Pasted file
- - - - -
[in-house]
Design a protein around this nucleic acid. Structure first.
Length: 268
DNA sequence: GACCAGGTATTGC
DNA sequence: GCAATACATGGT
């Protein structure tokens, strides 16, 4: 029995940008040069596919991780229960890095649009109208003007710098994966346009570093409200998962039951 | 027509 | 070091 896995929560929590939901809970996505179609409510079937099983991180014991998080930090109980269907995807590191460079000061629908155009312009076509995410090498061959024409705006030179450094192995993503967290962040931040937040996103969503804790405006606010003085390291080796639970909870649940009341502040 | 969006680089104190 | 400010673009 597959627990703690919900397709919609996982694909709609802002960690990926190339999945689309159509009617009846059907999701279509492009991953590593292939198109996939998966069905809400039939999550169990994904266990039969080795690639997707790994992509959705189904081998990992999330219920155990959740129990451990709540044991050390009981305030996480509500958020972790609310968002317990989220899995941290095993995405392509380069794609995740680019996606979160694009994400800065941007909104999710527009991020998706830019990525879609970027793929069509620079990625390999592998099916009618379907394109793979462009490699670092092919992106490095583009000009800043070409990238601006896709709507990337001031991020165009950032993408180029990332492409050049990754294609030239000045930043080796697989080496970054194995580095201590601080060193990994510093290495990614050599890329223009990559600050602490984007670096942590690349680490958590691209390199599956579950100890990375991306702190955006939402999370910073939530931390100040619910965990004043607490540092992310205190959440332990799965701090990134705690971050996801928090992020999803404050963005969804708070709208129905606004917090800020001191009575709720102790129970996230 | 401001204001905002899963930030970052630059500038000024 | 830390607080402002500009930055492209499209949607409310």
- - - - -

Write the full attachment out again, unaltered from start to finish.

[in-house]
Design a protein around this nucleic acid. Structure first.
Length: 268
DNA sequence: GACCAGGTATTGC
DNA sequence: GCAATACATGGT
């Protein structure tokens, strides 16, 4: 029995940008040069596919991780229960890095649009109208003007710098994966346009570093409200998962039951 | 027509 | 070091 896995929560929590939901809970996505179609409510079937099983991180014991998080930090109980269907995807590191460079000061629908155009312009076509995410090498061959024409705006030179450094192995993503967290962040931040937040996103969503804790405006606010003085390291080796639970909870649940009341502040 | 969006680089104190 | 400010673009 597959627990703690919900397709919609996982694909709609802002960690990926190339999945689309159509009617009846059907999701279509492009991953590593292939198109996939998966069905809400039939999550169990994904266990039969080795690639997707790994992509959705189904081998990992999330219920155990959740129990451990709540044991050390009981305030996480509500958020972790609310968002317990989220899995941290095993995405392509380069794609995740680019996606979160694009994400800065941007909104999710527009991020998706830019990525879609970027793929069509620079990625390999592998099916009618379907394109793979462009490699670092092919992106490095583009000009800043070409990238601006896709709507990337001031991020165009950032993408180029990332492409050049990754294609030239000045930043080796697989080496970054194995580095201590601080060193990994510093290495990614050599890329223009990559600050602490984007670096942590690349680490958590691209390199599956579950100890990375991306702190955006939402999370910073939530931390100040619910965990004043607490540092992310205190959440332990799965701090990134705690971050996801928090992020999803404050963005969804708070709208129905606004917090800020001191009575709720102790129970996230 | 401001204001905002899963930030970052630059500038000024 | 830390607080402002500009930055492209499209949607409310």